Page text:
to the adjacent Northeast Asian and Southeast Asian economies.
Post-1997 Hong Kong has also experienced tangible gains in its social capital.
The territory’s community has traditionally been predominantly family-oriented
or micro-driven. This pattern has been portrayed as “familial utilitarianism/
In recent years, a stronger sense of identity — and, by implication, community — has crystallised at the macro level.
It is not devoid of
negative undertones, because of the significant role that a desire to assume sociopsychological distance from China and unfavourable exposure to Chinese realities
has played in the process.
Nevertheless, progressively deeper community ties and
wider social mobilization may be considered as a valuable asset for Hong Kong.
On the negative side of policy ledger, there has been a marked deterioration
in the environmental quality of life, although the problem predates the transfer of
sovereignty from the United Kingdom to China.
De-industrialisation normally has
the opposite effect, but this has not been the case in Hong Kong. In this respect, the
territory clearly differs from other leading international service centres, where air
and water pollution, and even their noise counterpart, have been prevented from
escalating to levels seen in Hong Kong. The circumstances are of course not entirely
comparable because of complexities arising from the cross-border relationship.
However, it is noteworthy that the mostly pro-Beijing, whether by design or due to
the absence of other realistic options,
post-1997 Hong Kong government has failed
to devise, unilaterally and bilaterally, more effective institutional mechanisms for
arresting ecological degradation.
The institutional space is one where further loss of policy momentum, with
broader ramifications, may be observed. Specifically, there is sufficient evidence,
albeit not quantitative in nature, to support the assertion that decolonisation has led
to an erosion of Hong Kong’s institutional capital.
The contention put forward in this regard, again in qualitative terms but not without empirical foundation,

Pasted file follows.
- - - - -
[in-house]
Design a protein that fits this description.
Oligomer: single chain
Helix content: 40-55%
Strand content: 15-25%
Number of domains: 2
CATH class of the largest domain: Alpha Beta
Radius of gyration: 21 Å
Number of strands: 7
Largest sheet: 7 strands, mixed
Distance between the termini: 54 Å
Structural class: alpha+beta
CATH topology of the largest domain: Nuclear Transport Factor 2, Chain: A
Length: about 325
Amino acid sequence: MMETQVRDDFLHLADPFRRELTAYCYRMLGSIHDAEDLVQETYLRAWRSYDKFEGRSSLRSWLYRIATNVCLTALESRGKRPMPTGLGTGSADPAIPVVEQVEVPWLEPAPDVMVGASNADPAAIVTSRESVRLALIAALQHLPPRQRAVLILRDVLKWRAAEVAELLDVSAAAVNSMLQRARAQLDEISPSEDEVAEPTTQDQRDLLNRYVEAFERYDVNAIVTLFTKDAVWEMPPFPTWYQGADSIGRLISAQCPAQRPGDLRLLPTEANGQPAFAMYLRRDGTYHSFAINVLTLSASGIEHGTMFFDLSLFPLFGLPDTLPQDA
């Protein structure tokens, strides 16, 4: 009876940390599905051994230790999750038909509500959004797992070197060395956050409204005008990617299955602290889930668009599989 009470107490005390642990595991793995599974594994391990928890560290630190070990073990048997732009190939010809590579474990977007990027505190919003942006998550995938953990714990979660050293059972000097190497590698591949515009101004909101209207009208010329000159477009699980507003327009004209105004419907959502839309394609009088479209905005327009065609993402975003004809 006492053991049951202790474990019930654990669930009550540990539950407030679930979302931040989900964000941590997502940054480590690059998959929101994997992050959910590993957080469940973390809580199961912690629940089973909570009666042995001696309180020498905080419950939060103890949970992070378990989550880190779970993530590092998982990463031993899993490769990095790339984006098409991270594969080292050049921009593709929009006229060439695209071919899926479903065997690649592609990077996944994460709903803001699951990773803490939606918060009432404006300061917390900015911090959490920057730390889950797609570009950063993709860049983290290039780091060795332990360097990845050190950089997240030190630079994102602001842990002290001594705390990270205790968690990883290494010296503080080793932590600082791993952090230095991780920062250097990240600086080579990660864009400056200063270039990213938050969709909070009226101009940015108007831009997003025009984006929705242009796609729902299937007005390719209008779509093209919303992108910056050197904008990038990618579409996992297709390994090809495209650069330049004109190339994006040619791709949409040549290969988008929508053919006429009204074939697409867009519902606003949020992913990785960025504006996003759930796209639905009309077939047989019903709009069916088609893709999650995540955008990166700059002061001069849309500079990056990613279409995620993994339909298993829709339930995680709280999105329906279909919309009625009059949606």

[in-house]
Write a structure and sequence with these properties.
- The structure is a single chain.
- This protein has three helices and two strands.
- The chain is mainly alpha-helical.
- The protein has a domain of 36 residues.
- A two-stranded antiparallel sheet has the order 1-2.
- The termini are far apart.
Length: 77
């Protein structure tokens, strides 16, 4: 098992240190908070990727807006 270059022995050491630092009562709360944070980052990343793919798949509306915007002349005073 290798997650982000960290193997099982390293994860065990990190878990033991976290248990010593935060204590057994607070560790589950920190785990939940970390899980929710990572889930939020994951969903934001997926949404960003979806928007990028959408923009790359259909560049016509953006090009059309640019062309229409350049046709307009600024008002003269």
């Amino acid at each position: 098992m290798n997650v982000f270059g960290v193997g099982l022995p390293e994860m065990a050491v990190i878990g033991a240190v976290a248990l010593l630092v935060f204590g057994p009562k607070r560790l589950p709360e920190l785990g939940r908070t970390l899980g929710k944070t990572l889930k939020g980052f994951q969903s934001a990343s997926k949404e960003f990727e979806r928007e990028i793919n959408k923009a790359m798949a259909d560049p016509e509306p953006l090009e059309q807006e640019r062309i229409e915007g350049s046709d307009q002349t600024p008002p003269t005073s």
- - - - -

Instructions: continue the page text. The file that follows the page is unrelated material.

is that the territory has undergone in the past two decades or so a process of
This has been the result of a deliberate effort by
China, reinforced by the acquiescence of key segments of Hong Kong’s policy
establishment, to bring about a convergence, or at least a greater convergence,
between the institutional façade on both sides of the border.
The strategy, while risking grassroots backlash, is believed to have been quite
successful. Its impact is refl ected in a wide array of symptoms of political decay. Thus,
the post-1997 “HKSAR is characterised by a more personal style of governance;
a chaotic implementation of public policies; an increasingly politicized judiciary
whose decisions have been ... challenged by Beijing and its supporters in Hong
Kong; endangered civil liberties including academic freedom; an amalgamation
of political labelling and mobilisation; a failure of political institutions to absorb
public pressure and demands; and a governmental insensitivity to public opinion”.
This explains the importance of the book under review. The rule of law is
arguably the major ingredient of Hong Kong’s institutional capital, a feature of
the governance regime that may ensure “prosperity” and “stability”, even in the
absence of full-fledged democracy, provided the political centre is adequately
constrained from within and/or without.
Moreover, an autonomous and rule-bound
judiciary, with the Court of Final Appeal (CFA) as its fulcrum, is the mainstay of
the territory’s rule of law system. For this reason, as well as the fact the judiciary
in general and the CFA in particular have not been subject to extensive academic
scrutiny, this broad-in-scope, informative, multifaceted and stimulating survey
merits close intellectual and policy attention.